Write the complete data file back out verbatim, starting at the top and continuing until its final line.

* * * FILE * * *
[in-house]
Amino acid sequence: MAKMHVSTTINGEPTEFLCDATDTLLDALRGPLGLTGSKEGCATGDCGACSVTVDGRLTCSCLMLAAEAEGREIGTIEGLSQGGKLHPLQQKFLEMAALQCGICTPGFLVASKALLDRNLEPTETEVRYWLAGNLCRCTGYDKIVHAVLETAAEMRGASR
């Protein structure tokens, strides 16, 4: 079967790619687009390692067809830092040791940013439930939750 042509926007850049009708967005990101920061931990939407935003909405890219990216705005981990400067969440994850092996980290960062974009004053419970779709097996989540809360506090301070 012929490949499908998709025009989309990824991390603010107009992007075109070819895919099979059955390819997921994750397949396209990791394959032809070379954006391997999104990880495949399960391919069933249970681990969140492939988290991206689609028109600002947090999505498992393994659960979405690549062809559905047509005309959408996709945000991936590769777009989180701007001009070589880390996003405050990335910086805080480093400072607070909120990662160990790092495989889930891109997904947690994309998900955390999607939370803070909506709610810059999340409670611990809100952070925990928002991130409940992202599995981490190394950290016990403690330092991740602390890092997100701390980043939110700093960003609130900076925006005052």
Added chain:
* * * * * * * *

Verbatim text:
[in-house]
Amino acid sequence: MAKMHVSTTINGEPTEFLCDATDTLLDALRGPLGLTGSKEGCATGDCGACSVTVDGRLTCSCLMLAAEAEGREIGTIEGLSQGGKLHPLQQKFLEMAALQCGICTPGFLVASKALLDRNLEPTETEVRYWLAGNLCRCTGYDKIVHAVLETAAEMRGASR
């Protein structure tokens, strides 16, 4: 079967790619687009390692067809830092040791940013439930939750 042509926007850049009708967005990101920061931990939407935003909405890219990216705005981990400067969440994850092996980290960062974009004053419970779709097996989540809360506090301070 012929490949499908998709025009989309990824991390603010107009992007075109070819895919099979059955390819997921994750397949396209990791394959032809070379954006391997999104990880495949399960391919069933249970681990969140492939988290991206689609028109600002947090999505498992393994659960979405690549062809559905047509005309959408996709945000991936590769777009989180701007001009070589880390996003405050990335910086805080480093400072607070909120990662160990790092495989889930891109997904947690994309998900955390999607939370803070909506709610810059999340409670611990809100952070925990928002991130409940992202599995981490190394950290016990403690330092991740602390890092997100701390980043939110700093960003609130900076925006005052």
Added chain: